Bacteria and the Microbiome – Resources

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Our understanding of how the microbiome is affected by how we are born, fed and cared for is growing rapidly. The past few years have seen more bacteria-related research, thinking and discussion than ever. And there is a notable swing away from the one-sided view that germs are ‘bad’ things to be avoided and washed away with antibacterial soap. Or hand sanitiser. We’re moving towards a more nuanced understanding of the complexities of our human microbiome. That is, the mass of bacteria which are the key to our survival.

This page offers an overview of resources for those who share information relating to birth. I have gathered together a few of the resources on my site and elsewhere.

I also tell the story of how I use knitted bacteria to help spread important information about birth and the microbiome. If you’re the owner of a knitted bacteria, this page also offers a few tips about how you might like to use this in your work.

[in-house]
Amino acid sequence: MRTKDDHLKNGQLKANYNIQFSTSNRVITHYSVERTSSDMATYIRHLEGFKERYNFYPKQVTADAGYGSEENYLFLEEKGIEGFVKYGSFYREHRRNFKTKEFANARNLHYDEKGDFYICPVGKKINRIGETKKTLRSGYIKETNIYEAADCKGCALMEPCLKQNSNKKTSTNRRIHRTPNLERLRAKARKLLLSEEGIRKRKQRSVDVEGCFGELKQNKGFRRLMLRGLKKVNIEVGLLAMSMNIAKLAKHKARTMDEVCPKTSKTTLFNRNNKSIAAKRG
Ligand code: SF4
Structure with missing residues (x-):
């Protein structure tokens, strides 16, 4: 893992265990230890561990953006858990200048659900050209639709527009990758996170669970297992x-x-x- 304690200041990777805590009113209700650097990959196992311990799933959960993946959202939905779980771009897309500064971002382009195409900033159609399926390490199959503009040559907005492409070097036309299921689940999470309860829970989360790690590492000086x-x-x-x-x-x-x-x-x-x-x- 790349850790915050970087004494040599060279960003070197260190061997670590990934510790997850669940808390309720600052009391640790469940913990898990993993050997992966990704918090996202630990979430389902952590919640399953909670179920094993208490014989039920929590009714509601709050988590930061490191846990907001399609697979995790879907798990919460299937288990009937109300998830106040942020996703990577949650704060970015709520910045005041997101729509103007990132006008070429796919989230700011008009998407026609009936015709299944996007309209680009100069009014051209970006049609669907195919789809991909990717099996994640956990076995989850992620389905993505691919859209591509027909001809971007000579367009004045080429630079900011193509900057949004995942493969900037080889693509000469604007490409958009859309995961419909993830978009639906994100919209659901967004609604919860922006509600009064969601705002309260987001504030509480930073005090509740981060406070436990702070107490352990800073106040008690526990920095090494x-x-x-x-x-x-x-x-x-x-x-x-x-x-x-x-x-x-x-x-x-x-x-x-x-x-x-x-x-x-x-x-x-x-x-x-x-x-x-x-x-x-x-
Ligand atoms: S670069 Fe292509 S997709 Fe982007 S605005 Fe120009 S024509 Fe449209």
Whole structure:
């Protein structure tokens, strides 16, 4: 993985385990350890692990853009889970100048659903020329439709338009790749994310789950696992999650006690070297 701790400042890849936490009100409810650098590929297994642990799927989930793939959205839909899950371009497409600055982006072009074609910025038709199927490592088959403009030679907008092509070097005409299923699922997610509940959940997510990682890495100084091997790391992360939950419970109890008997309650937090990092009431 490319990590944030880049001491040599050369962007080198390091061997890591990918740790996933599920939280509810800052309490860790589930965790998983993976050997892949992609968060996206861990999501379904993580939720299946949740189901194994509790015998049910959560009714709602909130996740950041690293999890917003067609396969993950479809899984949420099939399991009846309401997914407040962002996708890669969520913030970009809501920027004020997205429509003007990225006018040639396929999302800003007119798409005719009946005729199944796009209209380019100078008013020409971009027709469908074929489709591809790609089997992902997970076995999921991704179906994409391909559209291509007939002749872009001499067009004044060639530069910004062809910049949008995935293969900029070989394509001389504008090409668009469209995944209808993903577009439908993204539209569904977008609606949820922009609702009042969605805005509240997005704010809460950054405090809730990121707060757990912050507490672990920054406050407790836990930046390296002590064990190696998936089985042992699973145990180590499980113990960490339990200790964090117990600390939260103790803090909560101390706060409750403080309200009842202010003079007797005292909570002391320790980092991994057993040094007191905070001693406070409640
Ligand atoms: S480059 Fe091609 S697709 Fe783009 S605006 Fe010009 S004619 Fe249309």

Bacteria-related resources

So first, I haven’t written an overview of research relating to the microbiome. That’s because Jessie Johnson-Cash and Rachel Reed already wrote a wonderful blog post on this. It contains everything that I would have said and more. If you haven’t see it, it’s a great read: The Human Microbiome: considerations for pregnancy, birth and early mothering

I have, however, written a two-part article in which I gave more of a potted overview for midwives. Here it is: